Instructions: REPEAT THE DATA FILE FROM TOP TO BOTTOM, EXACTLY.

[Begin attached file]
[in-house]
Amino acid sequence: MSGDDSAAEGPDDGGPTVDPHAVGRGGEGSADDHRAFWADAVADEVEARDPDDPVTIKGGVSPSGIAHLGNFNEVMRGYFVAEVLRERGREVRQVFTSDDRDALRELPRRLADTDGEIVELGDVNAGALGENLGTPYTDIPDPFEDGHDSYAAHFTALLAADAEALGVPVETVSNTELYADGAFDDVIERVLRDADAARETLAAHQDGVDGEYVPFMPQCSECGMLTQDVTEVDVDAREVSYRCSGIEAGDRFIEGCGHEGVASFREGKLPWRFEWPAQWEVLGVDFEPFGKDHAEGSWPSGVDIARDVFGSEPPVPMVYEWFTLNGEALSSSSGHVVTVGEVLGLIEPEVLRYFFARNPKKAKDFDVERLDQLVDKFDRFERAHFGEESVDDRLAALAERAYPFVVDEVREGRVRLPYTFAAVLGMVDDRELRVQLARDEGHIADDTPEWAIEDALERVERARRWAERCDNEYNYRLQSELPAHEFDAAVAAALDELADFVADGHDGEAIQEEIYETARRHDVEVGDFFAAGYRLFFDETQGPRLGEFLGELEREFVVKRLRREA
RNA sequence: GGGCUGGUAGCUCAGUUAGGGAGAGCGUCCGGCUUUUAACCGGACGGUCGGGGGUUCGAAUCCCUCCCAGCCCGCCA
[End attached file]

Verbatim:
[in-house]
Amino acid sequence: MSGDDSAAEGPDDGGPTVDPHAVGRGGEGSADDHRAFWADAVADEVEARDPDDPVTIKGGVSPSGIAHLGNFNEVMRGYFVAEVLRERGREVRQVFTSDDRDALRELPRRLADTDGEIVELGDVNAGALGENLGTPYTDIPDPFEDGHDSYAAHFTALLAADAEALGVPVETVSNTELYADGAFDDVIERVLRDADAARETLAAHQDGVDGEYVPFMPQCSECGMLTQDVTEVDVDAREVSYRCSGIEAGDRFIEGCGHEGVASFREGKLPWRFEWPAQWEVLGVDFEPFGKDHAEGSWPSGVDIARDVFGSEPPVPMVYEWFTLNGEALSSSSGHVVTVGEVLGLIEPEVLRYFFARNPKKAKDFDVERLDQLVDKFDRFERAHFGEESVDDRLAALAERAYPFVVDEVREGRVRLPYTFAAVLGMVDDRELRVQLARDEGHIADDTPEWAIEDALERVERARRWAERCDNEYNYRLQSELPAHEFDAAVAAALDELADFVADGHDGEAIQEEIYETARRHDVEVGDFFAAGYRLFFDETQGPRLGEFLGELEREFVVKRLRREA
RNA sequence: GGGCUGGUAGCUCAGUUAGGGAGAGCGUCCGGCUUUUAACCGGACGGUCGGGGGUUCGAAUCCCUCCCAGCCCGCCA